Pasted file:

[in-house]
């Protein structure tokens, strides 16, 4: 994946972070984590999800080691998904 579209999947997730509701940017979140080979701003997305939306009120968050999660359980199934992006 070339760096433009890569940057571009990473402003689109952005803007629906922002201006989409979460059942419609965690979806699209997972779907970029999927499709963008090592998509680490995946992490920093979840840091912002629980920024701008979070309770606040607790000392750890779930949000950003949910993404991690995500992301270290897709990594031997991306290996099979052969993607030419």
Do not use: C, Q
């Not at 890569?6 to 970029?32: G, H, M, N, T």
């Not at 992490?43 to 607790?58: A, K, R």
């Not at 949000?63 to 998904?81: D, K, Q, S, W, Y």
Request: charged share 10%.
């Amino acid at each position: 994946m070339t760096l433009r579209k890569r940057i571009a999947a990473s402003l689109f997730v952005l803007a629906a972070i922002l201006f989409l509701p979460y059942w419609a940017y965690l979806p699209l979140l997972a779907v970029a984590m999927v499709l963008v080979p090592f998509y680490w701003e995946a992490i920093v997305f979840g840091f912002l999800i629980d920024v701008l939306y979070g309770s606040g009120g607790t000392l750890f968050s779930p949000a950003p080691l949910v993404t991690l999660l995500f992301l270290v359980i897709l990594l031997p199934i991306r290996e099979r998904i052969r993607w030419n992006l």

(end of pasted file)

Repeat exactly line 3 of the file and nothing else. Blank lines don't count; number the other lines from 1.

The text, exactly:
Do not use: C, Q